The Annunciation
María Negroni

Translated by Michelle Gil-Montero
ISBN 978-0-900575-81-5 | $18.00 | March 20, 2019

Nothing worries the people in power, nothing threatens them, like the freedom that lies at the end of what we can put into words. More than anything now, I want to step outside of the shelter of the law and the danger of opinion. I want my paintings to get emptier and emptier, to feed the fire that lights the world.

As a writer and critic of hemispheric influence, María Negroni has drawn from sources as diverse as Lautréamont, Pizarnik, and Ridley Scott’s Alien to build a model of art as museo negro–repository of the anti-real, the anti-rational, of resistance itself. Her novel The Annunciation, brought into English with perpetual nimbleness by the poet Michelle Gil-Montero, traces the afterlife of a member of a revolutionary cadre who flees Argentina for Rome amid the state violence of the Dirty War. Visited by spectres of the human and artistic companions of her many past lives, the narrator weighs up the costs of both art and politics, of language and violence, of exultation and extinguishment. In an era of extinctions–including the extinction of hope–The Annunciation is a darkly radiant work, a nightship cruising the galaxy, packed with unlikely resources for the dispossessed, powered by the refusal-to-comply.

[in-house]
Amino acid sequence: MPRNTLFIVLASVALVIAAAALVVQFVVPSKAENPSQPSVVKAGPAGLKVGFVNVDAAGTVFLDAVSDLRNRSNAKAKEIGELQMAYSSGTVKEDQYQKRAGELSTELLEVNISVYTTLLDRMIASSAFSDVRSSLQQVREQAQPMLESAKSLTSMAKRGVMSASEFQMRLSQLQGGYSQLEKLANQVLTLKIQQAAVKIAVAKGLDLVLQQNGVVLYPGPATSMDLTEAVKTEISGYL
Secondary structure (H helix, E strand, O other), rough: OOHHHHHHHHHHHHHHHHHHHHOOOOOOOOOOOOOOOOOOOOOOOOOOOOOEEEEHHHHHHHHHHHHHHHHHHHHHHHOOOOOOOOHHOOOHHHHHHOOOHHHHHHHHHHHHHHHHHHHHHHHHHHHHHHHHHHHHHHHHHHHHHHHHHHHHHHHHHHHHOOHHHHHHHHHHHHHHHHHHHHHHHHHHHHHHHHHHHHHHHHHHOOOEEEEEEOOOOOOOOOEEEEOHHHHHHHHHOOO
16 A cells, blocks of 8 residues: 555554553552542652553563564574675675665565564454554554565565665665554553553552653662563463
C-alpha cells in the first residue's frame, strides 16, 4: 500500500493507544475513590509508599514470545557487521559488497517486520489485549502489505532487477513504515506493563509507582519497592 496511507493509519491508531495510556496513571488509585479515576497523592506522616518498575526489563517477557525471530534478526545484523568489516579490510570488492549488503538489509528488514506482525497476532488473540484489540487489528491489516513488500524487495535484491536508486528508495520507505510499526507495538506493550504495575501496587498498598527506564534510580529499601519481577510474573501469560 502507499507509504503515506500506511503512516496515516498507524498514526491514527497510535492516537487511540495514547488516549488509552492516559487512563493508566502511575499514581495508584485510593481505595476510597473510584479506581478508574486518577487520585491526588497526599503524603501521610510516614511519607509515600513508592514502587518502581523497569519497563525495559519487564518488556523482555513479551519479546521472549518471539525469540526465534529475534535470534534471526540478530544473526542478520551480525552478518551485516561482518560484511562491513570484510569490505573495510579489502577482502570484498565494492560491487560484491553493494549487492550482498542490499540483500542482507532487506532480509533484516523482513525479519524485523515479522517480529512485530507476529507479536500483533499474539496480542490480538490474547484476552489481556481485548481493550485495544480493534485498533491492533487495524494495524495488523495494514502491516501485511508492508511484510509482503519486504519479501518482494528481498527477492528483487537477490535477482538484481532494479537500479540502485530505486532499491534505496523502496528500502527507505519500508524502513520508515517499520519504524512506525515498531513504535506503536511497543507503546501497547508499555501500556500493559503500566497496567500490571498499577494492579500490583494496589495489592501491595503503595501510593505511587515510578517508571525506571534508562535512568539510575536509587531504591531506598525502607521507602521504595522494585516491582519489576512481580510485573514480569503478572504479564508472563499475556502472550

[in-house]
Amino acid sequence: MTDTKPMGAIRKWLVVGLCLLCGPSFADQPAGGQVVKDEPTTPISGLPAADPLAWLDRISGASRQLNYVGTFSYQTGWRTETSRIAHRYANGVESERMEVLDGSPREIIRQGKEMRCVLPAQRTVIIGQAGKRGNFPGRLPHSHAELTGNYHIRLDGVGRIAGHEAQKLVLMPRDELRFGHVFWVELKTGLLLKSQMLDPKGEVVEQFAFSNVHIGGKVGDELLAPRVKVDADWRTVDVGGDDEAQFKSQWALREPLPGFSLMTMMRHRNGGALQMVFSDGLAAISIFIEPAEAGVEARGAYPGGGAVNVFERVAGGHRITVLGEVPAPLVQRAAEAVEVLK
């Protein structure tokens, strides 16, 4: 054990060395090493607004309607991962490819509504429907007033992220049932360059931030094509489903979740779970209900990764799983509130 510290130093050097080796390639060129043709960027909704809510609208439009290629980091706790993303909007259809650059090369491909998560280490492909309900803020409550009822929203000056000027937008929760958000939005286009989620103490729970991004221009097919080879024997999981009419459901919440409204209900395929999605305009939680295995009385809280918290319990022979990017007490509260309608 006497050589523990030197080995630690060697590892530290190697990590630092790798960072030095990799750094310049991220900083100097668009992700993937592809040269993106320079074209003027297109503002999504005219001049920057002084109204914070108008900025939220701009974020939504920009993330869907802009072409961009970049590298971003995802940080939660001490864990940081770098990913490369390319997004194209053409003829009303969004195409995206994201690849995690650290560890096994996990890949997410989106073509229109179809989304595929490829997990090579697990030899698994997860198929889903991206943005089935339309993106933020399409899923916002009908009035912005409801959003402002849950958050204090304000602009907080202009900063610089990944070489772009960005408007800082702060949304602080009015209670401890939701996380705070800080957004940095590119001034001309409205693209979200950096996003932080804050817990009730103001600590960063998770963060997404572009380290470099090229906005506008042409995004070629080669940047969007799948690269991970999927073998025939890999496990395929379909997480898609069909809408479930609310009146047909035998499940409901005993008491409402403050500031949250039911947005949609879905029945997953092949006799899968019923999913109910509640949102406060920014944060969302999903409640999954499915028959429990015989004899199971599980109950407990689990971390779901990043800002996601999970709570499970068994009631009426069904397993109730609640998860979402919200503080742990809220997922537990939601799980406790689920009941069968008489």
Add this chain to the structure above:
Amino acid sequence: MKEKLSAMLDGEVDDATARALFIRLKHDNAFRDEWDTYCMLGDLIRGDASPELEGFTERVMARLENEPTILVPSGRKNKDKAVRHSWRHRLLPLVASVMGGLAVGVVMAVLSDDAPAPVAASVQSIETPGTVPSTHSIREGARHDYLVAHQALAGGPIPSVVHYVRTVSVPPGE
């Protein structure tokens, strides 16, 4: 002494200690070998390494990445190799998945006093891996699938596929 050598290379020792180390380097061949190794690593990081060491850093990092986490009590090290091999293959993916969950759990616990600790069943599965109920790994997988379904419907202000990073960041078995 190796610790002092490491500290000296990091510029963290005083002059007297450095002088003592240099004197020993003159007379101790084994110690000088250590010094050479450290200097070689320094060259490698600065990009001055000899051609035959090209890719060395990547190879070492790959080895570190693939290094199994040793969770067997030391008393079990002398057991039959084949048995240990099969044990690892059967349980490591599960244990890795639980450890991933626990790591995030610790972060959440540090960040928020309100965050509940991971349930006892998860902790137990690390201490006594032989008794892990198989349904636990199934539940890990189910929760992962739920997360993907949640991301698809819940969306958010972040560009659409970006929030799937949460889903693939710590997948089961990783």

“In María Negroni’s The Annunciation, longing is a ruin with wings standing to the left of a narrator who is the endless secret she keeps from herself. It seems Negroni is fluent in Rubble and Vanish, in Word and Sob. I want to collect these languages like earth, keep them in a small pouch, and sew the pouch into the lining of my coat so that I’m never lost. So that I’m always lost. ‘Hold your breath,’ writes Negroni, ‘like you’re about to fly a kite with blue ribbons against an identically blue sky.’ I could read her spooked prose forever.”

—Sabrina Orah Mark, author of Wild Milk


María Negroni (b.1951) is an Argentinian poet, writer, translator, and essayist. She is the author of twelve books of poetry, two novels, and five collections of essays. Previous works translated into English include Islandia: A Poem, Night Journey (both translated by Ann Twitty), Dark Museum, Mouth of Hell, and The Tango Lyrics (all translated by Michelle Gil-Montero).


Michelle Gil-Montero has translated Poetry After the Invention of América: Don’t Light the Flower by Andrés Ajens (Palgrave MacMillan, 2011), Dark Museum (Action Books, 2015), Mouth of Hell (Action Books 2013), and The Tango Lyrics (Quattro Books, 2012) by María Negroni, and This Blue Novel by Valerie Mejer (Action Books, 2015). Gil-Montero is also the author of Attached Houses (Brooklyn Arts Press, 2013). She lives in Pittsburgh and is Associate Professor of English at Saint Vincent College.